2022 Economic Outlook

2022 Economic Outlook

There’s been a lot of talk about the economy lately. From inflation to employment, wages, rising interest rates, and more, 2022 is starting out as a year where the economy is set to take center stage.

Recently, TRICOM’s President / CEO Julie Ann Bittner sat down with Jason Turner, Chief Investment Strategist of Great Lakes Advisors to talk about the economic outlook as it stands today. They discussed what it tells us about the current environment and what the year may bring in terms of changes and trends. Jason also addressed questions such as:

What is “the Great Resignation” of 2021 and how is it impacting employment supply and demand?

Will wages increase to meet the shortfall between job openings and hiring as well as workers demands due to the rising cost of living?

What is the media not talking about?

Earlier this month, Julie Ann and Jason sat down to discuss the topic that’s been on everyone’s mind lately: the economy.

Jason describes the current economic environment including: above-trend inflation, unemployment down from the high levels of 2020 and hovering around the mid-4 percent range, and GDP growth above-trend as expected. Jason predicts that inflation will ease toward the middle of the year, but is still predicted to end the year above 3 percent.

However, what most business owners (and especially staffing companies) have been struggling with is the shortage of workers and the high number of open positions. In the fall of 2021, there were over 11 million open positions.

What’s been called “The Great Resignation” has resulted in more open orders for staffing companies with fewer candidates to fill them. While nationally unemployment is around 4.2 percent, Jason notes that there are both long and short-term trends at play when it comes to the labor force (or lack thereof).

Since the spring and summer of 2020, there have been a large number of people who have left the labor force that the unemployment rate doesn’t capture. The unemployment rate only represents those workers actively looking for work and does not represent the actual, dramatic drop of the labor force participation rate. Some of this is due to baby boomers choosing to retire (some a year or two earlier than planned).

Looking at the long data trend, Jason points out that the increase in job openings has been persistent for six years prior to the pandemic. “We’ve seen an American economy that needs more labor and the labor hasn’t been there to meet those trends,” Jason notes.

While boomers may be retiring early, younger adults are also choosing to leave the workforce and rely on a single income due to family commitments – specifically to care for children or elderly family members. This has not been the trend for the last 60 years, and it’s also unlikely to be a long-term trend as Jason predicts some may begin entering back into the workforce in the next one to six months, especially as inflation continues and inflation remains high.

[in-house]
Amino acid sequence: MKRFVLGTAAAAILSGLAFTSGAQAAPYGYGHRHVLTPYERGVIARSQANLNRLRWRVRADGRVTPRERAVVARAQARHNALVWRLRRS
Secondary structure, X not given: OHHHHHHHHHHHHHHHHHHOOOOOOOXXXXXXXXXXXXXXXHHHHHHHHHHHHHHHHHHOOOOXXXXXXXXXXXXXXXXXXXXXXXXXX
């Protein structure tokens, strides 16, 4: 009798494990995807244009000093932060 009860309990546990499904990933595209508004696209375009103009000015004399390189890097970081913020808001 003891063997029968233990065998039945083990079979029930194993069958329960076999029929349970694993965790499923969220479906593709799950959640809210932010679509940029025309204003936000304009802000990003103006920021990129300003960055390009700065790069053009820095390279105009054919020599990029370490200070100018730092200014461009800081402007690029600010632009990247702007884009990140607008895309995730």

Another trend that is also driving the number of open positions is the number of people quitting jobs to move to other opportunities. Fidelity recently conducted a survey that showed that 4 in 10 (40 percent) American workers are anticipating switching jobs in 2022. This percentage is usually in the upper teens at the previous highest rate. “This headwind (the quit rate), plus shortages in labor force participation and a longer-term trend for a need for more labor contributes to the current shortages in the labor market,” explains Jason.

Jason also points out that inflation and wages are closely inter-related. Even though inflation is up, real wages are 1-1.25 percent short of where they need to be to keep up with inflation, so there remains room for wage growth. Jason predicts that pressure to increase wages will spread across industries in 2022, resulting in increased labor costs for businesses.

The Federal Reserve is also on track to increase the interest rates in March, with 2-3 more increases expected in the next year, and possibly more in 2023 and 2024. Jason points out that rates have been relatively low in the last 10 to 12 years, so many economists are waiting to see the impact that multiple rate increases will have.

Julie Ann and Jason also spoke about COVID’s continuing role in the economy, especially with the Delta variant, and more recently with the onset of the Omicron spike. While Delta didn’t have the same impact on the economy as earlier spikes, it did slow some activity. Jason notes that Omicron is surging in what is already a lull time in the economy, so it may help the economy to hold on to some of its gains.

Jason goes on to talk about how some industries have adjusted to the “new normal” that the pandemic has brought – specifically with adapting to supply chain issues. He also talks about what the media isn’t covering but should be – which we encourage you to listen to the podcast to discover his thoughts on the topic.

Julie Ann and Jason’s discussion can be found as part of TRICOM’s monthly podcast series, Insights With Insiders, which can be viewed on TRICOM’s home page, as well as on YouTube. While this post covered some of the highlights of their discussion, you definitely don’t want to miss all the insights into the economy that Jason shares.

Click to listen!

Want to hear even more of Jason’s economic insights? Jason is also our featured presenter on our December Industry Insider webinar, Economic and Market Outlook for a Post-Covid World. Click to view the presentation.